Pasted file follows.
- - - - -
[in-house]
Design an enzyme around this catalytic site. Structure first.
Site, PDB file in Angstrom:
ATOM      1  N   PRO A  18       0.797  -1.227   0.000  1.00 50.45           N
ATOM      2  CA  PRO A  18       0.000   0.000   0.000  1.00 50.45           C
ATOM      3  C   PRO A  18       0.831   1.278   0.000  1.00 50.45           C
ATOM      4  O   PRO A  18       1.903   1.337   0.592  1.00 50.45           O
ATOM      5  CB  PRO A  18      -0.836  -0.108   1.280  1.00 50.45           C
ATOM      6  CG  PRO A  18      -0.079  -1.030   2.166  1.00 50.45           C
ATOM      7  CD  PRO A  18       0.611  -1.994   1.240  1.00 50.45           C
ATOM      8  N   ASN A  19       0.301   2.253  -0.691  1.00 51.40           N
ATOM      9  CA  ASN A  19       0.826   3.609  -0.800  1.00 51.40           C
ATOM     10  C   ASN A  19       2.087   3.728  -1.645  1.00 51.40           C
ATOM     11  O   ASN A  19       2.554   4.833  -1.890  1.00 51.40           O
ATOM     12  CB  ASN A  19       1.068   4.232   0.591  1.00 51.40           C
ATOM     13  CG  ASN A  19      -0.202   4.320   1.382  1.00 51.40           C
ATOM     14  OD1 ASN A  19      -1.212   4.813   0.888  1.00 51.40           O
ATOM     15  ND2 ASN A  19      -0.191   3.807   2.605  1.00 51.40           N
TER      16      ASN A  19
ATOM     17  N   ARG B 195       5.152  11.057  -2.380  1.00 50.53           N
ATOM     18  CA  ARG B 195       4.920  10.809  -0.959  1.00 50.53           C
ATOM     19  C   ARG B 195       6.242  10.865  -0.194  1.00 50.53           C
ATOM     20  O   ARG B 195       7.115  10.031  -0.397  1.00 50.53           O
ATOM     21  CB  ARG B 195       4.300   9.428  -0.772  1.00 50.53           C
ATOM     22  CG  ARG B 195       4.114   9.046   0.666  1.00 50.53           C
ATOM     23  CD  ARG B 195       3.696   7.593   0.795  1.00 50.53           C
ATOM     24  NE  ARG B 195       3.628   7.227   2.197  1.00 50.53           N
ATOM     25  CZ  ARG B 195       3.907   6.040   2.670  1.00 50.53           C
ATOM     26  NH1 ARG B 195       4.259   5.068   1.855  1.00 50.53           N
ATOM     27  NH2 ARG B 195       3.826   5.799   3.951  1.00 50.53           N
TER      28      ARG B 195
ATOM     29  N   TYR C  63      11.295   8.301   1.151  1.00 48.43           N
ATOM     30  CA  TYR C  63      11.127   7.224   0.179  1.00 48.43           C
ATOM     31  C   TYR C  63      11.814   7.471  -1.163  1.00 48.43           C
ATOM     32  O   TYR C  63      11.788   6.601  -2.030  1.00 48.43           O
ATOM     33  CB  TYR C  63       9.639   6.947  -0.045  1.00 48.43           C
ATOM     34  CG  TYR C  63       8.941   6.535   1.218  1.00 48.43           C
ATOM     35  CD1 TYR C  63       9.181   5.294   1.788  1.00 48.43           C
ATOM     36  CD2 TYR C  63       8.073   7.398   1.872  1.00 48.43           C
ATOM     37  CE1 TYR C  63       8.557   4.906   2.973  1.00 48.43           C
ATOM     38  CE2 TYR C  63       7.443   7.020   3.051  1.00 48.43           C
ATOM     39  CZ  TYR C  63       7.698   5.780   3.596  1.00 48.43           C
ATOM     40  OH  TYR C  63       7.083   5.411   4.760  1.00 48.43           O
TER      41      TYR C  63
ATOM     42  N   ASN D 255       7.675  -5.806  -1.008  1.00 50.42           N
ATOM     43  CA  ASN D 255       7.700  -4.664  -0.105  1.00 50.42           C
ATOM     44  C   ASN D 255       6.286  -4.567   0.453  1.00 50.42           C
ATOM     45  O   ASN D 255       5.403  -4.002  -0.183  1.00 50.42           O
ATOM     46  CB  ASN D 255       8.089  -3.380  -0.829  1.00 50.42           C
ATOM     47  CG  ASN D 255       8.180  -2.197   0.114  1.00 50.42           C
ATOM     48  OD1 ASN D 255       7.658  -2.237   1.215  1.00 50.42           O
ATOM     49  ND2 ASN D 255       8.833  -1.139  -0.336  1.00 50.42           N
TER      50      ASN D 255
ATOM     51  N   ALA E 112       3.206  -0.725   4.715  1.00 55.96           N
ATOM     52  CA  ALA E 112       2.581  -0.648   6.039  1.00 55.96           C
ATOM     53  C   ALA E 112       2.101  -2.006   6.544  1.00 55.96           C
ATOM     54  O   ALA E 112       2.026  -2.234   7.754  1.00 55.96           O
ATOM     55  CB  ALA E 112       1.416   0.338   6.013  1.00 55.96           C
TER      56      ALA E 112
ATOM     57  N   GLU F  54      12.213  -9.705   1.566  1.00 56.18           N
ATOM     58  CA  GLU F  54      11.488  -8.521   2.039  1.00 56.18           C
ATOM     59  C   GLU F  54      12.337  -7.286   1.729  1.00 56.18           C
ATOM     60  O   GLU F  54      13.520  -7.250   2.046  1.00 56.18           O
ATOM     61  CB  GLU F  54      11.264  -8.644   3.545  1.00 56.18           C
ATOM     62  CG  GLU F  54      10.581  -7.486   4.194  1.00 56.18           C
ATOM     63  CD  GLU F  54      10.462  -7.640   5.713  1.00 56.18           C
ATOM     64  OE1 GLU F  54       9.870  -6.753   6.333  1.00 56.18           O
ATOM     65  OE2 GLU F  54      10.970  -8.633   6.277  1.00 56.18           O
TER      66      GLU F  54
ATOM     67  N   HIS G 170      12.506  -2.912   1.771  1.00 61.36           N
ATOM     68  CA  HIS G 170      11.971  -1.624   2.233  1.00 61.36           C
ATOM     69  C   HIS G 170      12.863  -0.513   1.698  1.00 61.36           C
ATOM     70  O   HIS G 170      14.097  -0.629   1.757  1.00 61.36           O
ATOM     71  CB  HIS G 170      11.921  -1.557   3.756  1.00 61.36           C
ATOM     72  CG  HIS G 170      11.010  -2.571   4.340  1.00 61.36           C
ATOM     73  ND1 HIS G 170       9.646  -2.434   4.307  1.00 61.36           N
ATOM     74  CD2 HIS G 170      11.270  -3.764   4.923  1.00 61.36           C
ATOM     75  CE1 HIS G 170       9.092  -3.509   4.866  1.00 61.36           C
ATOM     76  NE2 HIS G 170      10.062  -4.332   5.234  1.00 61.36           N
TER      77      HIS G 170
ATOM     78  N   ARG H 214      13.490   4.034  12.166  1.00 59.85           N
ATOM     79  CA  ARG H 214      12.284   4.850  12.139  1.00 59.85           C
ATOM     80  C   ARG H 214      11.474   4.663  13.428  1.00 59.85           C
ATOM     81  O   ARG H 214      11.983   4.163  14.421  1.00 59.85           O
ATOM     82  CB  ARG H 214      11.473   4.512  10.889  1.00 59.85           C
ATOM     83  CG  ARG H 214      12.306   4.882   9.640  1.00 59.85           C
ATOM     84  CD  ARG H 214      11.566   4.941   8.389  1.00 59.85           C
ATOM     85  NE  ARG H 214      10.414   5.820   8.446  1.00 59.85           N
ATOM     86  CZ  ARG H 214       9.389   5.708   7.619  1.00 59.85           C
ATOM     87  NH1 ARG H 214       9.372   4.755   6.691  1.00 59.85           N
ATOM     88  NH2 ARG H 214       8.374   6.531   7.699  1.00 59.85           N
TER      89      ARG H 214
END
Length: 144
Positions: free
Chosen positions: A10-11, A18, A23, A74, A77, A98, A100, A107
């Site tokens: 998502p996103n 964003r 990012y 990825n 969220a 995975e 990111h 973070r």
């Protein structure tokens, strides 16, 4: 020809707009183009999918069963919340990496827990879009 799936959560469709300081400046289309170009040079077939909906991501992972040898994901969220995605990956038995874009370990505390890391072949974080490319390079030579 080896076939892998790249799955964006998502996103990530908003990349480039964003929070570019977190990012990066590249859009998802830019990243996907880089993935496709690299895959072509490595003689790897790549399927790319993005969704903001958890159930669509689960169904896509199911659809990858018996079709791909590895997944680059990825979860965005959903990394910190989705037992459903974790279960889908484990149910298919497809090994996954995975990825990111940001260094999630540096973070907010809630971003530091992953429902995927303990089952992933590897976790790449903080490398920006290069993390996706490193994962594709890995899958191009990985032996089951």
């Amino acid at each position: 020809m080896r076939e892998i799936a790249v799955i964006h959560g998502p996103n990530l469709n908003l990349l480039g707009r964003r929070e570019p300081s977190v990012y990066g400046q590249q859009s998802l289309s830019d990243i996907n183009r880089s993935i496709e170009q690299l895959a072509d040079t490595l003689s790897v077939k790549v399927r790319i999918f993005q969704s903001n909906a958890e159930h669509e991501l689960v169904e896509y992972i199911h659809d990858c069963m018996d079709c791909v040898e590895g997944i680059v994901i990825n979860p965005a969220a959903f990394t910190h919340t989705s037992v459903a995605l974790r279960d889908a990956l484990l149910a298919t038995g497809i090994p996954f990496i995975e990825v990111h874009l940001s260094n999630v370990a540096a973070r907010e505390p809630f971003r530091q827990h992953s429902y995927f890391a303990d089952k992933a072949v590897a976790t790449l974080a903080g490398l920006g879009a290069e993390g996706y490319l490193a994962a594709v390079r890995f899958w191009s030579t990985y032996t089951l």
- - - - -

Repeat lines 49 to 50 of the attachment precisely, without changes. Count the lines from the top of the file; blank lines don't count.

ATOM     46  CB  ASN D 255       8.089  -3.380  -0.829  1.00 50.42           C
ATOM     47  CG  ASN D 255       8.180  -2.197   0.114  1.00 50.42           C